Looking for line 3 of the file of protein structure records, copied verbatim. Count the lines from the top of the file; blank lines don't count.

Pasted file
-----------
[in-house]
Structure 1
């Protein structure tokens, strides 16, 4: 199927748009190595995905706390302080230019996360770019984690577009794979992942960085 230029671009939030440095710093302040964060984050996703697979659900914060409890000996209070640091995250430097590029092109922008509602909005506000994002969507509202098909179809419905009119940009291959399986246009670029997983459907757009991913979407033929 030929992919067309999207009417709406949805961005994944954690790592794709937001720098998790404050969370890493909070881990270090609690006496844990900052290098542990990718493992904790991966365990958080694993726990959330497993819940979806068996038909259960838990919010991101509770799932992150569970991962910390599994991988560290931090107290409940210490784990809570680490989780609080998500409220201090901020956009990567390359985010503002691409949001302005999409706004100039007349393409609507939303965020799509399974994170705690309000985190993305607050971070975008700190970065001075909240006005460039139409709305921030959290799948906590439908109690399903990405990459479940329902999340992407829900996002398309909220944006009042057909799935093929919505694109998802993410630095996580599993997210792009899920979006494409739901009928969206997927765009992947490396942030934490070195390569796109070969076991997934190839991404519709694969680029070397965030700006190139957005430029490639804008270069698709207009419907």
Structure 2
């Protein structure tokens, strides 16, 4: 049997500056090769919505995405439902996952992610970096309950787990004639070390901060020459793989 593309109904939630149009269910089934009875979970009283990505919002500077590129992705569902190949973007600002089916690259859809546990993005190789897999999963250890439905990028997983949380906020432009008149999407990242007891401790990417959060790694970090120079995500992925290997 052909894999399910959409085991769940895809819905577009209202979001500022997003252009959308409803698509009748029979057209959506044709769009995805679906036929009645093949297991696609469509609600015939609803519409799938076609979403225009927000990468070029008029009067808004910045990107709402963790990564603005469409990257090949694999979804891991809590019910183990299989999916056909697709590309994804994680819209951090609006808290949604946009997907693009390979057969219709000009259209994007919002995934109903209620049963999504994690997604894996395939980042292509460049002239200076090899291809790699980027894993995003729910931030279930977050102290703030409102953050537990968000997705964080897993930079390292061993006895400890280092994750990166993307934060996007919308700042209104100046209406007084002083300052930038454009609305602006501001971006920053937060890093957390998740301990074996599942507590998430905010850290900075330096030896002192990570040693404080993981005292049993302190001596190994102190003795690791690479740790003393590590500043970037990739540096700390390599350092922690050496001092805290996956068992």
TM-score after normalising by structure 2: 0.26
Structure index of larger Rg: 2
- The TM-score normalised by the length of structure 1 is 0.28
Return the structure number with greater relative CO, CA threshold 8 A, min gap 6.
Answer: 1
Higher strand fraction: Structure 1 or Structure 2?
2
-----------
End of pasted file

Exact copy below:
């Protein structure tokens, strides 16, 4: 199927748009190595995905706390302080230019996360770019984690577009794979992942960085 230029671009939030440095710093302040964060984050996703697979659900914060409890000996209070640091995250430097590029092109922008509602909005506000994002969507509202098909179809419905009119940009291959399986246009670029997983459907757009991913979407033929 030929992919067309999207009417709406949805961005994944954690790592794709937001720098998790404050969370890493909070881990270090609690006496844990900052290098542990990718493992904790991966365990958080694993726990959330497993819940979806068996038909259960838990919010991101509770799932992150569970991962910390599994991988560290931090107290409940210490784990809570680490989780609080998500409220201090901020956009990567390359985010503002691409949001302005999409706004100039007349393409609507939303965020799509399974994170705690309000985190993305607050971070975008700190970065001075909240006005460039139409709305921030959290799948906590439908109690399903990405990459479940329902999340992407829900996002398309909220944006009042057909799935093929919505694109998802993410630095996580599993997210792009899920979006494409739901009928969206997927765009992947490396942030934490070195390569796109070969076991997934190839991404519709694969680029070397965030700006190139957005430029490639804008270069698709207009419907």